This morning, reports circulated on Twitter and migrant news platforms that five children and two women died trying to cross from Turkey into Greece on an inflatable boat.
But unless you follow the right people, read the right publications, or elicit the right algorithms, you wouldn't have heard about it.
If knowledge is power, then ethical journalism is a means of empowerment. Yet as a society, we are plagued by money-favouring mechanisms that hinder rather than help the free distribution of knowledge.
A few days ago, I put together this news report, a compilation of stories not reported on by the mainstream media. The headlines document chemical burns received by migrants in Calais, severe water shortages in Serbia, and the frightening statistic by Europol that over 10,000 unaccompanied minors are currently unaccounted for inside of Europe's borders.
But whilst these sites are generally available in a number of languages, getting access to high-quality, reliable journalism as well as access to high-quality translation is challenging.
Earlier this year, Translators Without Borders introduced a new fee, requiring NGOs to pay $500 for 20,000 words. Though understandable that TWB needs to support itself, this charge effectively makes partnerships unfeasible for smaller organisations working with tiny budgets and few resources.
Yet so often, these are the organisations and people that know most and have the prolonged, direct contact with individuals in need. It is their voices, and the voices of those on whose behalf they work, which should be translated and transmitted around the internet.
As part of a growing wave of 'citizen journalism', there is little excuse why grassroots journalism that empowers victims, eye-witnesses and individuals to take ownership of their own stories does not reach a more mainstream audience.
The 2017 documentary City of Ghosts offers one shining example of successful and invaluable 'citizen journalism', where the grassroots group Raqqa is Being Slaughtered Silently drew global attention to ISIS' control of the city.
Yet compare this to the kind of degrading and 'traditional' form of journalism produced by The Guardian on 17th June. In an article reporting on the situation of Chios, The Guardian exposes the faces and identities of minors (though not names) who have a right to protection and anonymity; they buy into a blinkered rhetoric of worry that focuses solely on Syrian refugees, ignoring the plight of those from numerous other, war-torn countries; they show concern for children and in doing so isolate and attack other refugee demographics, such as young male adults who in general receive far less support, experience violence and neglect, and suffer greatly from mental illnesses.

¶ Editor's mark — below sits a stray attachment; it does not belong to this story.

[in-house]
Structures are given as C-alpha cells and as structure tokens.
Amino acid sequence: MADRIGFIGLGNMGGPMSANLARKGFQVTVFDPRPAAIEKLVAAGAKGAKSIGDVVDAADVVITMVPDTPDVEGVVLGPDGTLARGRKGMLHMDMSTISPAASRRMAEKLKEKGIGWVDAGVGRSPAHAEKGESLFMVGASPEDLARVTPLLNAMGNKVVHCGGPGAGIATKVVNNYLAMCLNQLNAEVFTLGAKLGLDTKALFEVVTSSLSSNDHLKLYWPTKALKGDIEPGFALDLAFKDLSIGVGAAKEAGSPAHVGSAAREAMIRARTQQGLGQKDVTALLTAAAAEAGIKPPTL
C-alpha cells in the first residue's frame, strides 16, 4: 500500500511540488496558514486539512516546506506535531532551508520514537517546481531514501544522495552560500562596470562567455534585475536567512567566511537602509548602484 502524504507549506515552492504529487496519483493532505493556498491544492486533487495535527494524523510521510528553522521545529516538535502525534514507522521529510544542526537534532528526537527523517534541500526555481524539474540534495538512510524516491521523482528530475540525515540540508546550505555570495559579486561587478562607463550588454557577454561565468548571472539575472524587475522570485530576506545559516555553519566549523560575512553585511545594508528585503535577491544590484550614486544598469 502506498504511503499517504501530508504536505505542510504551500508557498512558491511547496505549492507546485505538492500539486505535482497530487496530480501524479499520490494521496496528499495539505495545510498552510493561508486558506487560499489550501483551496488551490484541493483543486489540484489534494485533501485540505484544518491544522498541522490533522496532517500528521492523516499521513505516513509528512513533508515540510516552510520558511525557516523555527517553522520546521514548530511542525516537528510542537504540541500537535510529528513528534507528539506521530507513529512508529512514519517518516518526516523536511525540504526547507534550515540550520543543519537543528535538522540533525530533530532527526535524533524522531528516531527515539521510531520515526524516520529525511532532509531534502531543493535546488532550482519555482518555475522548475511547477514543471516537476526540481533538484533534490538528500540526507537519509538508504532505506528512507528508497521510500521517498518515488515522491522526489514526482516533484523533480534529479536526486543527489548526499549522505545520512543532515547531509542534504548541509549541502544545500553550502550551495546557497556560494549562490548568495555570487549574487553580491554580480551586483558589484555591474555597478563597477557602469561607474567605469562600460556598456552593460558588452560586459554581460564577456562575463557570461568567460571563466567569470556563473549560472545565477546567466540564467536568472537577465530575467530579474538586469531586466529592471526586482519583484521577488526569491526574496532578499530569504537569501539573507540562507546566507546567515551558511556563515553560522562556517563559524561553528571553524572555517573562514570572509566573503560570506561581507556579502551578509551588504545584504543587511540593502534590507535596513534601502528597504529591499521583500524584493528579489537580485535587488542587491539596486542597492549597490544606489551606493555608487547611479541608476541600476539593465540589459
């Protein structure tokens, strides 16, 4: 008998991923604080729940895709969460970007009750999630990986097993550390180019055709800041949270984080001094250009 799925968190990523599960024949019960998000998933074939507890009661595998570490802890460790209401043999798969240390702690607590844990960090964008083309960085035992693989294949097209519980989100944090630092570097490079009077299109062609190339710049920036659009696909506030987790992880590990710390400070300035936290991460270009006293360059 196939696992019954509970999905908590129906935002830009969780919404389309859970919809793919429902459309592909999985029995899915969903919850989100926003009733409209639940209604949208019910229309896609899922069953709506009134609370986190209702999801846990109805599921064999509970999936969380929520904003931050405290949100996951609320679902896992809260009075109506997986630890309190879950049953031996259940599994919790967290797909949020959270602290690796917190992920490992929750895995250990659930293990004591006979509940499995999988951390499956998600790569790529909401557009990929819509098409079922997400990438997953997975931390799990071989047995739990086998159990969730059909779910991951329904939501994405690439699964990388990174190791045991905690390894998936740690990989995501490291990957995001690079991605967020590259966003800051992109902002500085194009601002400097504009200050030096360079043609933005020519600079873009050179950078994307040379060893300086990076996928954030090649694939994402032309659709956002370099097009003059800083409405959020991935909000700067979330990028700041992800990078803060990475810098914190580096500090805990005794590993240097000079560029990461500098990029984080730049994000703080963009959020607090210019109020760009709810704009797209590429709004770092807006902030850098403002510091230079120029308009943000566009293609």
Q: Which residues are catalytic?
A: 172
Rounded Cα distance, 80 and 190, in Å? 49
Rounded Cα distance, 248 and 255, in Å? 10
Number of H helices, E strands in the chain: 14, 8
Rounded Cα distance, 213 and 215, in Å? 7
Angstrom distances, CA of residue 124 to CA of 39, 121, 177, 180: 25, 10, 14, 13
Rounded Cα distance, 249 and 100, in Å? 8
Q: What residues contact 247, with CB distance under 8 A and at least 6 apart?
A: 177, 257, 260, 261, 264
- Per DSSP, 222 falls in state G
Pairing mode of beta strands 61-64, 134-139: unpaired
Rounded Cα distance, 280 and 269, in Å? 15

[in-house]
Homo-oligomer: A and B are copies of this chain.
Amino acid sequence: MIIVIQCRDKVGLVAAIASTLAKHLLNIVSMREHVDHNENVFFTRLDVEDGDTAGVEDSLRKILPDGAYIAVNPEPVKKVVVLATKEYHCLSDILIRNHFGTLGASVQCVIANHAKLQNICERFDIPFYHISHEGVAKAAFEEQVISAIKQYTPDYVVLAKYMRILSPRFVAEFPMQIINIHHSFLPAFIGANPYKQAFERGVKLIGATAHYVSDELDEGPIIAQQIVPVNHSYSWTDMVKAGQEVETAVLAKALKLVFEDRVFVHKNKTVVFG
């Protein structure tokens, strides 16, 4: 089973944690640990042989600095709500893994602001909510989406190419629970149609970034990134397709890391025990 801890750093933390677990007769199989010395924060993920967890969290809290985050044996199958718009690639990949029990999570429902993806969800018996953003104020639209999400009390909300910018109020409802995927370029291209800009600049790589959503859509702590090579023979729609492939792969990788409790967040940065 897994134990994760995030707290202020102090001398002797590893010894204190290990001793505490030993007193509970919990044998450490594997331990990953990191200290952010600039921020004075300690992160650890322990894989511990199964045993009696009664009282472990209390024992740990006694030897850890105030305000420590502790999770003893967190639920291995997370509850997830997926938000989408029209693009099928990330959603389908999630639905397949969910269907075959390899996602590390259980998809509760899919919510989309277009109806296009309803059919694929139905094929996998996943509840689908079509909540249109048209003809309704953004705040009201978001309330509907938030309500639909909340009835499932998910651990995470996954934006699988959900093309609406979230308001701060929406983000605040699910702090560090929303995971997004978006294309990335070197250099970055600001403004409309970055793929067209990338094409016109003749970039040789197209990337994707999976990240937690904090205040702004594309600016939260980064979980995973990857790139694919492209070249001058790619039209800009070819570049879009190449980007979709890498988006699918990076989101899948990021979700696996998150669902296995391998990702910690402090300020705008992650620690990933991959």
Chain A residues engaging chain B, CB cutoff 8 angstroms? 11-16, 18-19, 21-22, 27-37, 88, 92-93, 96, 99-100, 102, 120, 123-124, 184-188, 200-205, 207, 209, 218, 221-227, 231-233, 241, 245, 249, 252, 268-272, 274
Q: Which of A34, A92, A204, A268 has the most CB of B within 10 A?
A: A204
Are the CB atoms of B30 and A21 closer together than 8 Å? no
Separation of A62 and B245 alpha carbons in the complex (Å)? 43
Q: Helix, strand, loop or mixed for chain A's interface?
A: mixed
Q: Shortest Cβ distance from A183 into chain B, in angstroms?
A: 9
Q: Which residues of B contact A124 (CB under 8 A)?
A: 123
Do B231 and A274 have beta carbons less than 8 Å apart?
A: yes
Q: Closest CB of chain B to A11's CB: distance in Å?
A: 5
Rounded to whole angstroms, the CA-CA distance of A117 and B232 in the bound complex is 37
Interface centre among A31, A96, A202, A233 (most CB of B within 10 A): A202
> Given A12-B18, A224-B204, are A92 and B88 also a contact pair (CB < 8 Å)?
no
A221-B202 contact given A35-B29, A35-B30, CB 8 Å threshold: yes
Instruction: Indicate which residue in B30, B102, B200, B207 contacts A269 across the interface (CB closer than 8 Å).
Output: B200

So why hasn't 'citizen journalism' taken over?
With over £10bn spent on internet advertising last year, small platforms constantly struggle to make headway against large corporations and businesses that have the capital to pay for sponsored listings and social media promotions.
And this has far-reaching, damaging consequences for us.
As individuals, rather than enjoying the democratisation and personalisation of journalism, money-backed adverts combined with invisible algorithms produce limited and reaffirming echo chambers that fail to challenge audiences in the same way that traditionally curated newspapers did.
To combat this, we need the mainstream media to change, to open outwardly and to harness emerging technologies ethically.
Newspapers and news platforms must invite more grassroots content. They must listen more, feature more, and be prepared to compromise traditional notions of professionalism to the ends of honest, open reporting. Society Guardian and GuardianWitness are only tiny steps in this direction.
Newspapers and news platforms must hold themselves to greater account when impinging on their codes of ethics.
Newspapers and news platforms should consider redesigning the way we receive online news. Offering curated daily digests coupled with a system of 'threads', whereby readers sign up to continuing updates on specific stories or topics could incentivise journalists to follow stories to their close. Readers are equally encouraged to stay engaged and to accumulate knowledge on a topic, rather than respond emotionally or instinctively to sensationalist articles or click-bait.
The sheer mass of date-less and context-less writing that spins wildly around the web is not a tenable paradigm if we truly crave the knowledge to act and respond timely and correctly to the world's crises. Whilst pushing for greater webspace for citizen journalism and grassroots reporting, it's up to the media conglomerates to lead the way - and make way - for a new journalistic ethic.